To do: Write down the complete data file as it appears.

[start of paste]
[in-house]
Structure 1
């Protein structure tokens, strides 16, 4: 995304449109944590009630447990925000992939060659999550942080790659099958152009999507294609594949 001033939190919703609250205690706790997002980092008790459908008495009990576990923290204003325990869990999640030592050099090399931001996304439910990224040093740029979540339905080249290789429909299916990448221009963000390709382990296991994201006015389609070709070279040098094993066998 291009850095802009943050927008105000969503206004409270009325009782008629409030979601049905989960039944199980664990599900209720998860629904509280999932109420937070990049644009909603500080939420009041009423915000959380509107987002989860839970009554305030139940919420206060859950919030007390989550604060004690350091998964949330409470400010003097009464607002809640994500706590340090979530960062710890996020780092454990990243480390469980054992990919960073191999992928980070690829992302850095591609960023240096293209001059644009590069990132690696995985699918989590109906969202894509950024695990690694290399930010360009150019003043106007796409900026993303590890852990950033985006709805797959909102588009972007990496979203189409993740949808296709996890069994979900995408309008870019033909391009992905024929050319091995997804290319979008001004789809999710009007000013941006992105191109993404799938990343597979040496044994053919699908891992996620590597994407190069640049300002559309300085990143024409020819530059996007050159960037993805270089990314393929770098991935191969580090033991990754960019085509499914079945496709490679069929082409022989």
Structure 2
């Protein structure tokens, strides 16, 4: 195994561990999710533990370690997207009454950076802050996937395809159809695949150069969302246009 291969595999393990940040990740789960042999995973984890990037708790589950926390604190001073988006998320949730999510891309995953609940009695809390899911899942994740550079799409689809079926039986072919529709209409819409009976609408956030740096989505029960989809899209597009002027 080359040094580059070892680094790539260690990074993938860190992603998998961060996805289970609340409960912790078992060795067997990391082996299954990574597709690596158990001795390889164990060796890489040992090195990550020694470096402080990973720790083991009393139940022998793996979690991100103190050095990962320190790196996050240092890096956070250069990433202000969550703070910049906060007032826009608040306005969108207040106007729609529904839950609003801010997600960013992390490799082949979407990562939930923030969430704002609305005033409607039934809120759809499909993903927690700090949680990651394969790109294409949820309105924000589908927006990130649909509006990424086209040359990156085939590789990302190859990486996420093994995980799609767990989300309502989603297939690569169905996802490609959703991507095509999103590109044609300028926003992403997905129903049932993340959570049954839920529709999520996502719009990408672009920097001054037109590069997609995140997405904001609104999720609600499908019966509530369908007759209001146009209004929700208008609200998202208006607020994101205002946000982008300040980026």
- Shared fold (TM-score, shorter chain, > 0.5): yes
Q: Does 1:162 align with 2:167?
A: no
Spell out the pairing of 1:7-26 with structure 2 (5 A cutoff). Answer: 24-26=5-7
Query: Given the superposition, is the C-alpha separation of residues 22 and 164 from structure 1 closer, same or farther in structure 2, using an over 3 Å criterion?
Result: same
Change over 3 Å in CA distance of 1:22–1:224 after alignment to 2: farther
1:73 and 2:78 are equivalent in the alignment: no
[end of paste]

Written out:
[in-house]
Structure 1
């Protein structure tokens, strides 16, 4: 995304449109944590009630447990925000992939060659999550942080790659099958152009999507294609594949 001033939190919703609250205690706790997002980092008790459908008495009990576990923290204003325990869990999640030592050099090399931001996304439910990224040093740029979540339905080249290789429909299916990448221009963000390709382990296991994201006015389609070709070279040098094993066998 291009850095802009943050927008105000969503206004409270009325009782008629409030979601049905989960039944199980664990599900209720998860629904509280999932109420937070990049644009909603500080939420009041009423915000959380509107987002989860839970009554305030139940919420206060859950919030007390989550604060004690350091998964949330409470400010003097009464607002809640994500706590340090979530960062710890996020780092454990990243480390469980054992990919960073191999992928980070690829992302850095591609960023240096293209001059644009590069990132690696995985699918989590109906969202894509950024695990690694290399930010360009150019003043106007796409900026993303590890852990950033985006709805797959909102588009972007990496979203189409993740949808296709996890069994979900995408309008870019033909391009992905024929050319091995997804290319979008001004789809999710009007000013941006992105191109993404799938990343597979040496044994053919699908891992996620590597994407190069640049300002559309300085990143024409020819530059996007050159960037993805270089990314393929770098991935191969580090033991990754960019085509499914079945496709490679069929082409022989």
Structure 2
């Protein structure tokens, strides 16, 4: 195994561990999710533990370690997207009454950076802050996937395809159809695949150069969302246009 291969595999393990940040990740789960042999995973984890990037708790589950926390604190001073988006998320949730999510891309995953609940009695809390899911899942994740550079799409689809079926039986072919529709209409819409009976609408956030740096989505029960989809899209597009002027 080359040094580059070892680094790539260690990074993938860190992603998998961060996805289970609340409960912790078992060795067997990391082996299954990574597709690596158990001795390889164990060796890489040992090195990550020694470096402080990973720790083991009393139940022998793996979690991100103190050095990962320190790196996050240092890096956070250069990433202000969550703070910049906060007032826009608040306005969108207040106007729609529904839950609003801010997600960013992390490799082949979407990562939930923030969430704002609305005033409607039934809120759809499909993903927690700090949680990651394969790109294409949820309105924000589908927006990130649909509006990424086209040359990156085939590789990302190859990486996420093994995980799609767990989300309502989603297939690569169905996802490609959703991507095509999103590109044609300028926003992403997905129903049932993340959570049954839920529709999520996502719009990408672009920097001054037109590069997609995140997405904001609104999720609600499908019966509530369908007759209001146009209004929700208008609200998202208006607020994101205002946000982008300040980026």
- Shared fold (TM-score, shorter chain, > 0.5): yes
Q: Does 1:162 align with 2:167?
A: no
Spell out the pairing of 1:7-26 with structure 2 (5 A cutoff). Answer: 24-26=5-7
Query: Given the superposition, is the C-alpha separation of residues 22 and 164 from structure 1 closer, same or farther in structure 2, using an over 3 Å criterion?
Result: same
Change over 3 Å in CA distance of 1:22–1:224 after alignment to 2: farther
1:73 and 2:78 are equivalent in the alignment: no